Cat 5’s Perspective
By William Pankonin | Jun 9, 2008
Race name: Spring Prairie
Race date: Sunday, Jun 8, 2008
Spring Prairie – A Cat 5’s Perspective
Forty-five minutes before race start time, Matt, Jake, Alberto, and I sat in the car watching a classic Midwestern thunderstorm loom over Kettle Moraine, dumping buckets of water on the fields of Wisconsin.
Thirty minutes before race time, we are huddled under a tent as sheets of water pelted the canvas. Pools of ice-cold water collected on the tent’s roof. Matt took a photo of Jake pushing up the roof, pouring another liter of water into the muddy slop, which many stood in with nice Italian cycling shoes.
Twenty minutes before race start time and I am helping my teammates. Not by pushing tempo, but by pushing a teammates rear wheel drive wagon out of slippery mess of rich, organic goop.
Here we go. We are all staged behind the Wisconsin riders in a moist ditch. I noticed Peter stayed in the Wisconsin pack, and was therefore in the very front as we (the Non-WI riders) rolled out in neutral to the start. Smart. Very smart.
My heart rate skyrocketed as I climbed the hill just to get to the start line. We rolled out in a tight pack, staying within the yellow line. Me and three or four teammates wasted no time in finding ways to get up to the front. Moving through the middle of the pack seemed impossible to me, and others, and a few of us took advantage of downhill stretches, where we could see oncoming traffic, to move towards the front.
Maybe two laps into the race, a break went off the front and Peter was in it. Teammates in front, along with Cuttin Crew racers, blocked to prevent breaks as the pack rolled through the countryside. I found myself relaxing mid-pack, conserving energy.
Our race was shortened to five laps, and for the first two, I climbed “the hill” in my small ring and my 24; my largest is 27. I thought I would keep it steady, stay in the saddle, and have something left at the top. Many riders passed me at the hill’s base as they muscled their bikes up the hill. (As a sidenote, Snake Alley makes the Spring Prairie hill seem like a Chicago lake front incline). Once at the top, after a steady climb, I needed to make up ground on good climbers on the “false flat,” and then get ready for an easy descent. All of this was not by any means easy, and I was not moving up in the pack. Time to change tactics on the hill.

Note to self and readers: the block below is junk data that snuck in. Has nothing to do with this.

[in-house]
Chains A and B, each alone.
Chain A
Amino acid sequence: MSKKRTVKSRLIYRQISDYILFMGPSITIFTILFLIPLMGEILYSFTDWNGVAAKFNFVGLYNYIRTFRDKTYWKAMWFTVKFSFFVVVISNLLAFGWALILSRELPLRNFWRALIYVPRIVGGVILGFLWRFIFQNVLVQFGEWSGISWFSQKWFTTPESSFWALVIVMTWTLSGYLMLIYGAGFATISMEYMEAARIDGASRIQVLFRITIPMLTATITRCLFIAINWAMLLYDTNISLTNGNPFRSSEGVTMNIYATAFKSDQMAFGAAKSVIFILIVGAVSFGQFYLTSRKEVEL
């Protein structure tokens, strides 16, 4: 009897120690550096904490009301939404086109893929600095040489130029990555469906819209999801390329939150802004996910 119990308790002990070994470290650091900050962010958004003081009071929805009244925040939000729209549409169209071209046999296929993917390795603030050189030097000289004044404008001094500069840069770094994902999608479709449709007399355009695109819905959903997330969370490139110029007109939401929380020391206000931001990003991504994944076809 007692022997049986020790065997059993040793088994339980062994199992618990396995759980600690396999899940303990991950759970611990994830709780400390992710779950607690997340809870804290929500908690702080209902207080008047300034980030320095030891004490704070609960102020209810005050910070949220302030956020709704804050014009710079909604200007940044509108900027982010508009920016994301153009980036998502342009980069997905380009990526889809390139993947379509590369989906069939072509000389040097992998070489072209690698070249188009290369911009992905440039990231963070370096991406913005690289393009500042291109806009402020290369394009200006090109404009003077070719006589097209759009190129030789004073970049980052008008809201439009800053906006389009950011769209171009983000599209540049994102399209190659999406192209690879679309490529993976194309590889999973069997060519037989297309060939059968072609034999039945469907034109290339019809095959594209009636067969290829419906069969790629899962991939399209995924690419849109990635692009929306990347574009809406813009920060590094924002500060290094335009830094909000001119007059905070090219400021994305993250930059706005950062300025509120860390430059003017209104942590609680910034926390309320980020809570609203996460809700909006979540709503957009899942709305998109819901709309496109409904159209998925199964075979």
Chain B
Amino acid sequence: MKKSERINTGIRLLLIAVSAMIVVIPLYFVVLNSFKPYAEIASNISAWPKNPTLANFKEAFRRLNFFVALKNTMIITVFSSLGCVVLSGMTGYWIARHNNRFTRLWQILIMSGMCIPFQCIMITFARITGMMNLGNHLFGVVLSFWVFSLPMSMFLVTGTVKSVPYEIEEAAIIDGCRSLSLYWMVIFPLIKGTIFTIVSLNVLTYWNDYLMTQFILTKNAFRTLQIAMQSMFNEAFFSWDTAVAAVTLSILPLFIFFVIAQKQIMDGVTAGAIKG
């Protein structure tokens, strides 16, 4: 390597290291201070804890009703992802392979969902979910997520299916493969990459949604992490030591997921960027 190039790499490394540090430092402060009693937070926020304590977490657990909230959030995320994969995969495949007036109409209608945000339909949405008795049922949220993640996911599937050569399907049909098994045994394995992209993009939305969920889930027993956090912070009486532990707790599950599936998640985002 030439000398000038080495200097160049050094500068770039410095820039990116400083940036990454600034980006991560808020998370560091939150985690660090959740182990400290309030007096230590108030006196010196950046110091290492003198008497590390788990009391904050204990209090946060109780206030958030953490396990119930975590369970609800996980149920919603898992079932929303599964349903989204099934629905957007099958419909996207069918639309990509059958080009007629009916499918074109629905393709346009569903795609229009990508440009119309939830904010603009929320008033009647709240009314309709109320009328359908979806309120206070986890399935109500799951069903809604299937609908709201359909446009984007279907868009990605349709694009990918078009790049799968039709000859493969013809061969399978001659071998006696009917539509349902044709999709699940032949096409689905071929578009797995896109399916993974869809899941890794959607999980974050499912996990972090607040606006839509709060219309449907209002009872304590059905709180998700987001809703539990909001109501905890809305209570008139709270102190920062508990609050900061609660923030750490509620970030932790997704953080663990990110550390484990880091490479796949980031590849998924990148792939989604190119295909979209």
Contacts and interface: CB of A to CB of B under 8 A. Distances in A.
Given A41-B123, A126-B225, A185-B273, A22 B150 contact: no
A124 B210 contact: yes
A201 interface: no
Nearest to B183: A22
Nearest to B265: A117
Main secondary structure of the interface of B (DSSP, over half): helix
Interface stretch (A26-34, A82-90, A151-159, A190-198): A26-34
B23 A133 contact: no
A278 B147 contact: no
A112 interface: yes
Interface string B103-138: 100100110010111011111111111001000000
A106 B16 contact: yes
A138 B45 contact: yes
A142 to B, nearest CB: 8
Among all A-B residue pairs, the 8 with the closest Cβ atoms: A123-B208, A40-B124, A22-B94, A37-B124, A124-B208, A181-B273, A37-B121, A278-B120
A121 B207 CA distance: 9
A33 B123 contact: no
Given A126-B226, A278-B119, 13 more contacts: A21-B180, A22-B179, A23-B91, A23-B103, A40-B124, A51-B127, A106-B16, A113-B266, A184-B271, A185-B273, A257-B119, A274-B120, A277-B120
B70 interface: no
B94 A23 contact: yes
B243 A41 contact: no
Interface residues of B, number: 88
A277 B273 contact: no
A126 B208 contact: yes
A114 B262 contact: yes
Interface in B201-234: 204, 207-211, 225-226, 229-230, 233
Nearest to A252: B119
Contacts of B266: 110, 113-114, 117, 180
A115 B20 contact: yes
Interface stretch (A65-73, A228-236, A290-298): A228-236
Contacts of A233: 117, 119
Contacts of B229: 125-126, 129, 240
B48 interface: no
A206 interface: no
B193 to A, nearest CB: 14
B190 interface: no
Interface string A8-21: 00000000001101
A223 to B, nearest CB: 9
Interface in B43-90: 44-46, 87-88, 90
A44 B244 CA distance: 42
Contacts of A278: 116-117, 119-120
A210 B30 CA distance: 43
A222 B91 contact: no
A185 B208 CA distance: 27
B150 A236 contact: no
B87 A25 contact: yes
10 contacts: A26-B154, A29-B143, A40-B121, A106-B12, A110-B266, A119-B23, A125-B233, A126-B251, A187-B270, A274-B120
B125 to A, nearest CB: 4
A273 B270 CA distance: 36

Once we began rolling after turns one and two, riders crossed the yellow to move up, and a honking motorbike usually chased them after. As riders slipped up front on the centerline, riders in the pack yelled out, “Yellow line! Yellow line!” I don’t remember any rules about race boundaries, but someone said the motorbike driver disqualified a Cuttin Crew rider for using the yellow to pass.
I tried one move as the road widened on the right side. I got up and sprinted past riders, using the extra space, but only to find myself squeezing in centimeters away from the quicksand shoulder on my right. A few folks yelled at me, but it worked out. Any thoughts of crossing the yellow again for better positioning left my head after a pickup pulling a horse trailer passed us doing our speed, which was 43 mph, on a wet and rainy down hill.
Back up the hill. From now on, I would continue using the small chain ring but with a smaller back gear, and I would get out the saddle right away and hit hard from the beginning. Once at the top, I would just dig deep and hope to find a little extra. It worked. I passed maybe seven riders and was only passed about three times at the crest, where my heart rate was pegged at 198 bpm. At the top I found a wheel and gasped for air. Now I had my plan for the last lap.
I remained in the center and kept my mind and legs focused on surges and attacks until turn three. The attacks begun again after the peloton knew the break was going to cross the line without us. I moved to the yellow line and fought to hold my position there until turn four.
I took the outside line, used my small rear gear and jumped out the saddle. I climbed the hill saving nothing. Even though I stuck to my plan, I passed fewer riders. They were not saving anything either. Everyone was up and mashing the pedals. I raced over the top and somehow kept the legs spinning until the line. A Cuttin Crew rider got me at the line, even with my much practiced bike toss.
Overall, it was an excellent day of racing with great teammates and friends. I met my goal to cross the line in the pack, even if I was towards the back. We finished off the day with Wisconsin brats and cheese at the Brat Stop on I94.